THE GAMBLER C+
USA (111 mi) 2014 ‘Scope d: Rupert Wyatt Official site
A wish fulfillment fantasy flick that is oddly intriguing, considering the film largely accentuates the tragic consequences of gambling gone wrong, where the lead character is a train wreck simultaneously happening on several tracks, as every blissful moment of winning is followed by days, weeks, and perhaps even a lifetime of regret. As a result, the film has a sinking ship feeling about it, with Jim Bennett (Mark Wahlberg) as the central figure that seemingly can’t help himself, a man drowning in gambling debt who sees his only way out as borrowing even larger sums of money, who has a predilection for doubling huge bets, momentarily compiling enormous sums, until he bets it all and eventually loses everything. A remake of a 1974 James Toback script by the same name, the earlier film starring James Caan, which was itself a loose adaptation of Dostoyevsky’s 1867 novella by the same name. So who should choose to rewrite the story? None other than William Monahan, the Academy Award winning writer of Martin Scorsese’s THE DEPARTED (2006), his only Oscar as a director, which was a rewrite of a Hong Kong gangster film, Andy Lau’s INTERNAL AFFAIRS (2002). Suffice it to say this is largely a writer’s exercise, as Bennett’s character is a loathsome, know-it-all bastard who routinely stands up to gangsters and lowlifes while moonlighting as a college literature professor where he literally excoriates his students, discouraging them from even trying, suggesting if they’re not geniuses or in possession of some unique and remarkable gift, they shouldn’t waste their time attempting to be floundering writers, as they simply don’t have the talent for it. The existential dilemma that he finds himself in with his own life becomes the standard mantra in his classroom, where as one student points out all his lectures come down to the question of “To be, or not to be.” One might assume his bleak, fatalistic outlook comes from his gambling addiction, but then what is the driving motive behind his addiction? As the professor bemoans the fact in his classroom that students aspire to such unrealistic dreams, suggesting they need to get more realistic, one might think this same advice could be applied to himself, as gambling seems like a means to escape having to face his own essential real-life problems.
Despite Wahlberg’s study of both college professors and gamblers in preparation for the role, he seems woefully detached and unconcerned, perhaps even miscast, as his personalized lecture hall philosophizing would never be condoned in an actual university, but feels more appropriate in front of a group of recovering addicts, as they’re actually in search of answers to the kinds of questions he’s posing, which rarely have anything to do with actual literature. His fascination with the best and brightest of his students, Amy (Brie Larson, much too nice, similarly miscast), singling her out in front of the classroom, identifying her as the only student with a natural flair for writing, whose talent is head over heels above all the rest who he claims have no potential whatsoever, actually showing contempt for the other students, is not only professionally inappropriate, but qualifies as excessively cruel and discouraging treatment towards the other students and would likely be grounds for immediate dismissal, if not a lawsuit. It’s curious that this director, whose previous film was RISE OF THE PLANET OF THE APES (2011), would be so blind to this illusory portrayal. As the professor then enters into an inappropriate relationship with that aforementioned gifted student, Amy, who also moonlights as a casino waitress, so has seen the man in the throes of action, she witnesses his world spiral out of control. Like Warren Beatty in Arthur Penn’s Mickey One (1965) or Ben Gazzara in Cassavetes’ The Killing of a Chinese Bookie (1976), one night, in a matter of hours, Jim Bennett is down a quarter of a million dollars to the casino owner Mister Lee (Alvin Ing), borrowing another $50,000 on the spot from a loan shark lurking around the tables who preys on the desperate impulses of gamblers just like him, Neville Baraka (the dangerously terrific Michael Kenneth Williams), instantly sizing him up, “I think you’re the kind of guy who likes to lose.” With the money due to both within a week, with no conceivable means of paying either one back without borrowing more, we begin to think this guy operates with a death wish. And if Amy, the student, is so smart, with her future so bright and the world supposedly at her feet, what is her interest in such a self-loathing downer of a guy who has no conceivable idea of respect for himself or anyone else?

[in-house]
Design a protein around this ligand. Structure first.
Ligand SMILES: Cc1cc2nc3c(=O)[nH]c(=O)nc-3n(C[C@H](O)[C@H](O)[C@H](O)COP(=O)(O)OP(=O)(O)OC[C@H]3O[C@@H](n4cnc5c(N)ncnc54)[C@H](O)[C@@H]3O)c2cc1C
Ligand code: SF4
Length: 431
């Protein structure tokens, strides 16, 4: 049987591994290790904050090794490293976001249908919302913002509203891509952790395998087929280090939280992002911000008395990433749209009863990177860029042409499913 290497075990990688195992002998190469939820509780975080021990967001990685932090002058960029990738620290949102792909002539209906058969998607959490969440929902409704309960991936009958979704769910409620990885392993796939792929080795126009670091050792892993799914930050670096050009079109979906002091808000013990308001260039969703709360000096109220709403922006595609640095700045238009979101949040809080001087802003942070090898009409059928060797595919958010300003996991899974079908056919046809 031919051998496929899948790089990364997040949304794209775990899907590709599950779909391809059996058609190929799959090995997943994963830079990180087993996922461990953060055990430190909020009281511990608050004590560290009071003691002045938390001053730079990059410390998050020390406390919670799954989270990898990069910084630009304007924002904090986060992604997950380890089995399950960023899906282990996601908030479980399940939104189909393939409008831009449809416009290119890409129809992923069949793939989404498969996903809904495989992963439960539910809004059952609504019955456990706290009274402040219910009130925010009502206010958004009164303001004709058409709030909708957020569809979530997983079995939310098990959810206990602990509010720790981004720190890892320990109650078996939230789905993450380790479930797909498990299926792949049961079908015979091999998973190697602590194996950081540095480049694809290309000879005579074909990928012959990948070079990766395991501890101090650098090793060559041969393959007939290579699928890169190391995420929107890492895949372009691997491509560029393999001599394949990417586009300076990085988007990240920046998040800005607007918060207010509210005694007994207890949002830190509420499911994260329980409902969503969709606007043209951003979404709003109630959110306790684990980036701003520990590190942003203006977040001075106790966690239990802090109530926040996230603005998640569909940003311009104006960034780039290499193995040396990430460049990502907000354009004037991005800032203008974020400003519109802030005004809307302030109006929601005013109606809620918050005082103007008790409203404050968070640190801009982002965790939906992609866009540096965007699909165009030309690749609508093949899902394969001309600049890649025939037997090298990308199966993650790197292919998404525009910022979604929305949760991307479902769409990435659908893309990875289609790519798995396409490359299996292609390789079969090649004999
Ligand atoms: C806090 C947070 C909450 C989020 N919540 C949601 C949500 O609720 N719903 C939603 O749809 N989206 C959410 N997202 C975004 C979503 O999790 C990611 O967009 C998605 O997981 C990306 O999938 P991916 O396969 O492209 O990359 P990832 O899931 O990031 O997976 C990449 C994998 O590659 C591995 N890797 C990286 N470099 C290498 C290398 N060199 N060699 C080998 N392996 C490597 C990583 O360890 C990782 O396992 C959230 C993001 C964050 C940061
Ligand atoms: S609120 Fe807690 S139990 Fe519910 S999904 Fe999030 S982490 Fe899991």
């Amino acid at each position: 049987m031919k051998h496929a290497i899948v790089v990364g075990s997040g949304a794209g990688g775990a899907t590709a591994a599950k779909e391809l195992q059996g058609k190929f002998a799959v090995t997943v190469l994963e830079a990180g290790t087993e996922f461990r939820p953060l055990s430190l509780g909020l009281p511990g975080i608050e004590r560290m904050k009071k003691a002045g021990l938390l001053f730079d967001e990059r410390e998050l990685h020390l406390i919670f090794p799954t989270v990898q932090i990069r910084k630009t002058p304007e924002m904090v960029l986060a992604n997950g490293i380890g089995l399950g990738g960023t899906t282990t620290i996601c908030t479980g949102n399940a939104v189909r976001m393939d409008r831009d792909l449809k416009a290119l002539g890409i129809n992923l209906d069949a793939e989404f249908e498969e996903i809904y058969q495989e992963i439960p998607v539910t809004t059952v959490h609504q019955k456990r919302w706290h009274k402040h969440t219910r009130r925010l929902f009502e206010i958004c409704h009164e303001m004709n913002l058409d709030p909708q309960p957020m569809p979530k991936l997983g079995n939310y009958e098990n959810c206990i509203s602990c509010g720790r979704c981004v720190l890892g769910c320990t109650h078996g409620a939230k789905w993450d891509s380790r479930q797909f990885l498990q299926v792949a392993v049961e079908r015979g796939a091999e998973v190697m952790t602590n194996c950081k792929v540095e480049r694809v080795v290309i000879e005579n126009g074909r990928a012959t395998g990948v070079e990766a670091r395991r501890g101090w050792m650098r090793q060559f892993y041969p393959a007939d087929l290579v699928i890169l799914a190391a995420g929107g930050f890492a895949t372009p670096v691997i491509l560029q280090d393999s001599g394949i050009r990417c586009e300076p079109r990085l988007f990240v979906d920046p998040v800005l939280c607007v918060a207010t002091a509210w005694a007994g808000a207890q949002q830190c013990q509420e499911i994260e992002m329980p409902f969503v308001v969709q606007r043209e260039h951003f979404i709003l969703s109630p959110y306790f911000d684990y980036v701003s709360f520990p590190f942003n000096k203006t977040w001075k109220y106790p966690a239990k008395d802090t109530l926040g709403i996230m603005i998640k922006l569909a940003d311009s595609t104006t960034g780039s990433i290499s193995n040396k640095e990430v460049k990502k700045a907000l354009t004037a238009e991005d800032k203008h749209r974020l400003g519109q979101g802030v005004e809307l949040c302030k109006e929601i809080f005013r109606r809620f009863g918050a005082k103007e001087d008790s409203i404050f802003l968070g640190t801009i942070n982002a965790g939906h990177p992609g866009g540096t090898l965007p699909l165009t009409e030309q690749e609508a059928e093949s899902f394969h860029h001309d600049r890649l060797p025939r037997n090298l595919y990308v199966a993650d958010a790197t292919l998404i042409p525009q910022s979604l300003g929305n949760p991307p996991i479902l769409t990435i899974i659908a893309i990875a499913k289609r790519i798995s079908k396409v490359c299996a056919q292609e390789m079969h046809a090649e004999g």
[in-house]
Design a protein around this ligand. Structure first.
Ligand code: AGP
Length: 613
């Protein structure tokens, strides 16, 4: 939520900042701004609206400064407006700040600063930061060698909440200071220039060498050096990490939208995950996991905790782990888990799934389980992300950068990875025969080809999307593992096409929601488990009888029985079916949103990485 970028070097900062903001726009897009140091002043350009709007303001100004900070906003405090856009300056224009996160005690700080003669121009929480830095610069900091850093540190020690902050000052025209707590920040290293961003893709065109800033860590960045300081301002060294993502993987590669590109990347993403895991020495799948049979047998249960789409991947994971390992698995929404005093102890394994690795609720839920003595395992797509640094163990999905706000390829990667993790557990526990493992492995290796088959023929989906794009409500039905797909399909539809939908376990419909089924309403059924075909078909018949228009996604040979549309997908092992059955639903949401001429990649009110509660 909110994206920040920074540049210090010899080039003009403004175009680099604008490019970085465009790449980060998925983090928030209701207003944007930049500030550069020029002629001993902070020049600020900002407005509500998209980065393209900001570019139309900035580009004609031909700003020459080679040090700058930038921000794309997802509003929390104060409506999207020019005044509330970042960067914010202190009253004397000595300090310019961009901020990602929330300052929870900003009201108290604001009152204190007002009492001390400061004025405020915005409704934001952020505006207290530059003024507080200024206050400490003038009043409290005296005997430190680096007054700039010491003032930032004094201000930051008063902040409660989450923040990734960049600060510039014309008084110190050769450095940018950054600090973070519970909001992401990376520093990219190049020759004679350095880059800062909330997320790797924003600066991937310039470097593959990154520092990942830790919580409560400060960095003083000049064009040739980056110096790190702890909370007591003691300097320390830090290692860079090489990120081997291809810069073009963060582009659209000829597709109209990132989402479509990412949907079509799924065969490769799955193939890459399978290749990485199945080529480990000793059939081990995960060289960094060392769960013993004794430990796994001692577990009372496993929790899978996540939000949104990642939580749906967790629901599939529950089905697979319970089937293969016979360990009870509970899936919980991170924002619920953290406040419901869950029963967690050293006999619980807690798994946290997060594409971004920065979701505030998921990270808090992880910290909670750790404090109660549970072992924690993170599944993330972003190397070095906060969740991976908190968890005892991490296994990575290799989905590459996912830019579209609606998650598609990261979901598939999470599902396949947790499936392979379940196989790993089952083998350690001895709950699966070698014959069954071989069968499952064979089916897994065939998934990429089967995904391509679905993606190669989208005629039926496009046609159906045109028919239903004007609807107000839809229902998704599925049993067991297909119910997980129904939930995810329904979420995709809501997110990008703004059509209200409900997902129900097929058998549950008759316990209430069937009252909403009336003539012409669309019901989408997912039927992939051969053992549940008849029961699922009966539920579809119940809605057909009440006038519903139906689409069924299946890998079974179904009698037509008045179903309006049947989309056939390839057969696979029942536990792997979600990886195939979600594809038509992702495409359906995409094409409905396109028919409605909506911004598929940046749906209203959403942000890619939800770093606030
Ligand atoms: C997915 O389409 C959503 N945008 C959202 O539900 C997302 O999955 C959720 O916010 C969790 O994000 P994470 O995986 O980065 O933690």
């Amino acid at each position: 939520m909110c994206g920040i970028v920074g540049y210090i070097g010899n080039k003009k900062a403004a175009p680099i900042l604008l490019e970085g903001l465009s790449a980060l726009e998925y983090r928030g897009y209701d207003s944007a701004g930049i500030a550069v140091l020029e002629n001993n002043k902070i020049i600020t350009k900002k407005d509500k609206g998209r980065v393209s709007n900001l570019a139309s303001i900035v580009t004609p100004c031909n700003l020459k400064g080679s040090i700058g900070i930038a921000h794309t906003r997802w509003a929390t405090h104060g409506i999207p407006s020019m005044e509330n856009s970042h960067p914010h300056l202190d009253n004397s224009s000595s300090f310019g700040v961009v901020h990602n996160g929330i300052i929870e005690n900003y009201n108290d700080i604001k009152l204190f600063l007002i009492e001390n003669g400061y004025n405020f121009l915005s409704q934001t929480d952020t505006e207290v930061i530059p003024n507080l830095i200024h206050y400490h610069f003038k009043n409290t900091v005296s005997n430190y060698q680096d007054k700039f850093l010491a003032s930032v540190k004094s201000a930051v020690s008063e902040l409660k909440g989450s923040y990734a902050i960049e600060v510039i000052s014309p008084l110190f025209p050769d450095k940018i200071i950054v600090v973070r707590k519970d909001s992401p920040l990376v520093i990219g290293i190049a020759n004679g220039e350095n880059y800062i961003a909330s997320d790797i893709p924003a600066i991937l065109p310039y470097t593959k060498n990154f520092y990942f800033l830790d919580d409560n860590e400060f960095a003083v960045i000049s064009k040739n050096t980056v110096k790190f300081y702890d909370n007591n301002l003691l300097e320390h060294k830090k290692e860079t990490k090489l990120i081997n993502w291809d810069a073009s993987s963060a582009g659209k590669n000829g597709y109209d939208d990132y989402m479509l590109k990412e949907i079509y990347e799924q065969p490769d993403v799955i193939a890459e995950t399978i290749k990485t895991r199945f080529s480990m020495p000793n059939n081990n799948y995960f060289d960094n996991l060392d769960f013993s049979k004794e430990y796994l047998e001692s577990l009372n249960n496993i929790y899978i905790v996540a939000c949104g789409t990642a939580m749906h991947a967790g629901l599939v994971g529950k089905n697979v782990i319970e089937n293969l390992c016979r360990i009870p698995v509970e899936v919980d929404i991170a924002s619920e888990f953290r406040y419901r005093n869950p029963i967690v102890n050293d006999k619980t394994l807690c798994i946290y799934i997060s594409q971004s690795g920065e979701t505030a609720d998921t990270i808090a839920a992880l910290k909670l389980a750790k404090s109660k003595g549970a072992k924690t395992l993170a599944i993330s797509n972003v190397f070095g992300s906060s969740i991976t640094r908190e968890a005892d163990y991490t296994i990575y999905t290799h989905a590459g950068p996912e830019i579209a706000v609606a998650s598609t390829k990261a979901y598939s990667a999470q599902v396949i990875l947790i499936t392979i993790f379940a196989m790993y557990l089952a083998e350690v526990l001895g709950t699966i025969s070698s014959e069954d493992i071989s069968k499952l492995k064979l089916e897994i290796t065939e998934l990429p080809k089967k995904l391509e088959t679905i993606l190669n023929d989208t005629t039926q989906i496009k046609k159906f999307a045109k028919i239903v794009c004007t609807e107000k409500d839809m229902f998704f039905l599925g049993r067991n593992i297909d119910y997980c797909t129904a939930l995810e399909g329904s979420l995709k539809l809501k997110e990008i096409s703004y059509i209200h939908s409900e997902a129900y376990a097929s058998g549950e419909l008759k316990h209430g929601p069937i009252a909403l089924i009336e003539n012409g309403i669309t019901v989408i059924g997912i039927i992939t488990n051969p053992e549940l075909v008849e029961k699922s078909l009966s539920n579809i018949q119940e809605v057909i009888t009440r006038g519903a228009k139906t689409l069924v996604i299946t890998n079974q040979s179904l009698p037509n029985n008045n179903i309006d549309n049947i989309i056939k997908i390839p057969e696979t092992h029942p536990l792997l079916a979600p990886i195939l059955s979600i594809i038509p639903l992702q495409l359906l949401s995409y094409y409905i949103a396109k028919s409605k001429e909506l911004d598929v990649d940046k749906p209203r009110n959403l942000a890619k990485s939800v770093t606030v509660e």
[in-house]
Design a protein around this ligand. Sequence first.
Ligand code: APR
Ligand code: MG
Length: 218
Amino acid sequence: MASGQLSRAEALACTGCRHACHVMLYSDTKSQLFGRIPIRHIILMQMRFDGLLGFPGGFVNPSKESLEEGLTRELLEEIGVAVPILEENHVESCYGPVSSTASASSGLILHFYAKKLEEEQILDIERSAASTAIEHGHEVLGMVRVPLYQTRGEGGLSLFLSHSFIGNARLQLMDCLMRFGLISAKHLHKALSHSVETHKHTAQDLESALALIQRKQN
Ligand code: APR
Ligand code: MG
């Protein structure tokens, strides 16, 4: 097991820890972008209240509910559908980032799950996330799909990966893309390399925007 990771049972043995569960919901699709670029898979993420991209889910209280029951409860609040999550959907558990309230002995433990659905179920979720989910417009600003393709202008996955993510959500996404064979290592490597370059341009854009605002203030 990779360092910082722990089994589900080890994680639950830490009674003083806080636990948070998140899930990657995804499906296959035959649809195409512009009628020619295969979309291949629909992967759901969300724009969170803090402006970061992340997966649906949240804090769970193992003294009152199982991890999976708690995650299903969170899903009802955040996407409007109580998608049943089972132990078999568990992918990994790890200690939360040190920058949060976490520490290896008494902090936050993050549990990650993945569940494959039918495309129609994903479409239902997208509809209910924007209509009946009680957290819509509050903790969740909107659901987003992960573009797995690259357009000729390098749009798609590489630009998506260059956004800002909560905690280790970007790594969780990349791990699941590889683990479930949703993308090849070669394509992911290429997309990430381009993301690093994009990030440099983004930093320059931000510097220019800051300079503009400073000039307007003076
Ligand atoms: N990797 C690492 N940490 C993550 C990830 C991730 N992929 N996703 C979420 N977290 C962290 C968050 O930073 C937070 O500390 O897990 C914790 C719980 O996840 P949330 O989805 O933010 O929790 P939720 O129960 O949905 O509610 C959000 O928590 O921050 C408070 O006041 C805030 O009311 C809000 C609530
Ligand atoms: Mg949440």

The path of destruction only escalates from there, as Bennett comes from an aristocratic family of wealth and it’s only a matter of time before he visits the matriarch of the family jewels, none other than Jessica Lange as his mother. She has no interest in feeding his habit, knowing how helpless he is to his own weaknesses, yet when she learns that the loan sharks will likely come after her and the entire family if the debt is not paid, so she hands over the entire amount needed to cover his debt. While the sensible thing to do would be to pay the money, Bennett is not wired that way, convinced that his lucky strike is the next roll of the dice. At the same time, he pays a visit to Frank (John Goodman), yet another gangster loan shark who’s aware of his entire situation and has little to think over, as the man has nothing to offer that’s not already in hock. Nonetheless, it’s a desperate game they play, and play it they must, where in Henry David Thoreau’s Walden he writes, “The mass of men lead lives of quiet desperation. What is called resignation is confirmed desperation…A stereotyped but unconscious despair is concealed even under what are called the games and amusements of mankind.” Growth or wisdom remain an open question by the end of this film, which hardly qualifies as a film with any real insight. While this may be to gamblers what David Cronenberg’s NAKED LUNCH (1991) is to drug addicts, as both are hard corps depictions of the lurid and enticing world that addicts themselves are trying to avoid. Ultimately this will not go down as one of the better gambling movies, or even stand up to the original 1974 version where a much more intensely gripping James Caan originates the expression, “I’m not going to lose it. I’m going to gamble it.” As unrealistically as this film turns out, the director shows he truly has no conception of a gambler’s addiction, where this fantasy happy ending may as well be one of those pipe dreams that all the drunks commiserate over in Eugene O’Neill’s THE ICEMAN COMETH (1960). Much better films about gambling would include Robert Rossen’s masterful THE HUSTLER (1961), which depicts gambling as a gritty vocation with immense personal risks and costs, Norman Jewison’s THE CINCINNATI KID (1965), with a brilliant cast and an amazing final scene, Robert Altman’s California Split (1974), that takes us through a lengthy marathon of various 1970’s gambling tables while searching for that magical run, only to end in a devastating numbness and emptiness, a deflated weariness of the soul with no joy or agony because someone won or lost, but utter exhaustion because the dreamed about run is finally over, and Mike Hodges’ novel take in CROUPIER (1998), the rare gambling film to be seen from the perspective of the dealer, showing a completely unglamorized view of being caught up in the same dreary world day in and day out, forced to witness the losers over and over again, where the sheer monotony leaves him in a similar state of captivity as the players.